Friday, January 20, 2012
A feature of small town life is that it is hard to get away from someone who wants to keep tabs on you. The relationship of one who wants nothing more than to be ignored by another and the one who refuses to ignore is played out again and again in the novel. Take, for instance, the small town cop and the man he insists was his friend in high school. Or the high school loser and the cop's son. And even the millionaire and the woman who seduced her husband. These are only a sampling of the complicated, one-sided relationships that Russo explores.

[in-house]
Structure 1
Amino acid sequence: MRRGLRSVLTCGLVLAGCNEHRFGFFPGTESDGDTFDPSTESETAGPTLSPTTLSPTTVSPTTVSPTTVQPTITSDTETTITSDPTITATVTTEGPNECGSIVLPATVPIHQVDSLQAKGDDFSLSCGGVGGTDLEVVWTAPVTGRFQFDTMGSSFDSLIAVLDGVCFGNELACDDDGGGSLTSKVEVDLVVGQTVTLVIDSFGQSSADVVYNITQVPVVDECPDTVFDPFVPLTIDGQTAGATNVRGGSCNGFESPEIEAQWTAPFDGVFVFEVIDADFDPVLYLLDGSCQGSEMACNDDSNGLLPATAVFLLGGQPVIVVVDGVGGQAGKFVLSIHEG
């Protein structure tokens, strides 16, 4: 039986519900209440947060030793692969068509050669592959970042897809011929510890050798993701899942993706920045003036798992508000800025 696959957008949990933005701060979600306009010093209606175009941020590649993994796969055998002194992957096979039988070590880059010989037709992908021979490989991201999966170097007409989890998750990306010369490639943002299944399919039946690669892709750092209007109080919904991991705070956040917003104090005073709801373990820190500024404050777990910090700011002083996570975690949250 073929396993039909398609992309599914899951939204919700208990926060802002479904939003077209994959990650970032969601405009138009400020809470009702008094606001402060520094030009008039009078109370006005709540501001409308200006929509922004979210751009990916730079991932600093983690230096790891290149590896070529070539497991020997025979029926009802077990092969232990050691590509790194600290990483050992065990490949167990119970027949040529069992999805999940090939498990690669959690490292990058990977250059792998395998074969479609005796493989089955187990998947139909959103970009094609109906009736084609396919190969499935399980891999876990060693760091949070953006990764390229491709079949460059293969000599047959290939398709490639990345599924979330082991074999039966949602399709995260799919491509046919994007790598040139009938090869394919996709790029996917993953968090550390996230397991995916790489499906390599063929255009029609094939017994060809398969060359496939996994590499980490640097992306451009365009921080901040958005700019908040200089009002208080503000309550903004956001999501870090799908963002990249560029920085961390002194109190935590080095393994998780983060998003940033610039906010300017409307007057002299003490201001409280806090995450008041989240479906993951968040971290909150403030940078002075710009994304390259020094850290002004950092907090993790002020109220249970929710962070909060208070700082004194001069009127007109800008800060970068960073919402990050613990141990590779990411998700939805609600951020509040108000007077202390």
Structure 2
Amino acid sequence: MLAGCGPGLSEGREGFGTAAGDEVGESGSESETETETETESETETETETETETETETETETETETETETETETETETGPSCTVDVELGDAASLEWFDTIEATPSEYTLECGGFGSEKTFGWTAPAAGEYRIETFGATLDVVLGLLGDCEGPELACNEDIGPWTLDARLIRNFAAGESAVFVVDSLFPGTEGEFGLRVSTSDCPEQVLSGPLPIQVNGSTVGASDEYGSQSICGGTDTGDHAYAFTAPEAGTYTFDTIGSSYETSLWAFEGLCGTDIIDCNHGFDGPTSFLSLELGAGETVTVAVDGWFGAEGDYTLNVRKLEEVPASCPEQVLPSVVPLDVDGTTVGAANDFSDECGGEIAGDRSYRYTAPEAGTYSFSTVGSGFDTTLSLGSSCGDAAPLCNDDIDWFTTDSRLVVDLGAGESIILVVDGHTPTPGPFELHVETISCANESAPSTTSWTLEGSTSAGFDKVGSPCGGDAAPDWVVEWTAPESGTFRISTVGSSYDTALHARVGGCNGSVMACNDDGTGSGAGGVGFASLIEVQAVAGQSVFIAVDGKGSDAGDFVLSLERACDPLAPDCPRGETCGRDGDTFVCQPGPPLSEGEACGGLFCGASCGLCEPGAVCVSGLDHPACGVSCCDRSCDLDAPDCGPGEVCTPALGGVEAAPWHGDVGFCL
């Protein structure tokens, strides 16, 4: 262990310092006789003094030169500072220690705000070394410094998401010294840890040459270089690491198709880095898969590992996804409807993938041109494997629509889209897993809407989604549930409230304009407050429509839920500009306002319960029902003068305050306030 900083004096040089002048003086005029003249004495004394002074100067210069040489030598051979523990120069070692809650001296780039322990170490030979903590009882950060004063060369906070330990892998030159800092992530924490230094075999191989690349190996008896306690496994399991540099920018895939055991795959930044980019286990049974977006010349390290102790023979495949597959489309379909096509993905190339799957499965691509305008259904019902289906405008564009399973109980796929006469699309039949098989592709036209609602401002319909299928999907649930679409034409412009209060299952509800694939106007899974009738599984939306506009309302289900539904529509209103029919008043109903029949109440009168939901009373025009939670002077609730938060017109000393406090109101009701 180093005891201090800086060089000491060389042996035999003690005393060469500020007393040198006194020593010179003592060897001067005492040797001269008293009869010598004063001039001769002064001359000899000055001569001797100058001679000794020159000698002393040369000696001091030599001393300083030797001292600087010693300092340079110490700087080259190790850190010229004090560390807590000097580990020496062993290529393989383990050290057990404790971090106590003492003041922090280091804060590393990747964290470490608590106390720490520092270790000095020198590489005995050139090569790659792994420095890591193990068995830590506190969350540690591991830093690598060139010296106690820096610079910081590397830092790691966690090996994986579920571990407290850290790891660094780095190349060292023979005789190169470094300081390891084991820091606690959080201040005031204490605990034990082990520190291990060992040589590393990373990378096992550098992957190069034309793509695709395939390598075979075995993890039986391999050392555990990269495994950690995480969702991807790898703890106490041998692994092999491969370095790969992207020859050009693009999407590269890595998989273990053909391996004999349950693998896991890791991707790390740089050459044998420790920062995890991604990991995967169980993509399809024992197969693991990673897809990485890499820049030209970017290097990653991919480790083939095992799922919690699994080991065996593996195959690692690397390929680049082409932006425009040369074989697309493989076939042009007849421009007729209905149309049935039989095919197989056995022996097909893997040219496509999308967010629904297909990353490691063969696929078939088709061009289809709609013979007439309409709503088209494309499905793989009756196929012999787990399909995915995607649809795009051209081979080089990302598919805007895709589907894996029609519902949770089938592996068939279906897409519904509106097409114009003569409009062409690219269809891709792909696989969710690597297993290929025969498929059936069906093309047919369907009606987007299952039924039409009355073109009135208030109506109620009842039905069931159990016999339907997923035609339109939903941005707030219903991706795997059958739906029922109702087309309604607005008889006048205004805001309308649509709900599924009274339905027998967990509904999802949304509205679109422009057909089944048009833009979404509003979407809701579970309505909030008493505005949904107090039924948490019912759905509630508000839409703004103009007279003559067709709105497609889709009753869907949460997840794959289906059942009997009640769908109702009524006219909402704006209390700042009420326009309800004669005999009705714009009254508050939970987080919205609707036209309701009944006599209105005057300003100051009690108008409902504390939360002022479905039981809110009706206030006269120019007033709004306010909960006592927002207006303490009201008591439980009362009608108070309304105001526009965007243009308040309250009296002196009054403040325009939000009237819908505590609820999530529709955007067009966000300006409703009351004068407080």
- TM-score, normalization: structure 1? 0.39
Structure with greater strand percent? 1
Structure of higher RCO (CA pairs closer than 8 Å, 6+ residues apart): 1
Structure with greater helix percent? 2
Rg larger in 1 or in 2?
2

Empire Falls won the 2002 Pulitzer Prize. The Corrections by Jonathan Frazen was a finalist that year. Like The Corrections, Empire Falls explores the dynamics of dysfunctional families. In The Corrections, the siblings are more interesting because their choices and situations are outrageous, while still remotely believable. In Empire Falls the relationships within the families are more predictable and possibly more realistic, and the added characters from the town give the story a wider focus. Overall, I preferred The Corrections, but Russo's story is also very good, and probably worthy of The Prize.
In Breaking News. . . Extremely Loud and Incredibly Close, the movie, opened today. I'm not sure if I will see it tonight or tomorrow, but by the end of this weekend you'll have a full report.
Next up on CD: The Brief Wondrous Life of Oscar Wao by Junot Diaz. This is another Pulitzer Prize winner. I'm looking forward to getting started on it!
Still Reading: This Beautiful Life by Helen Schulman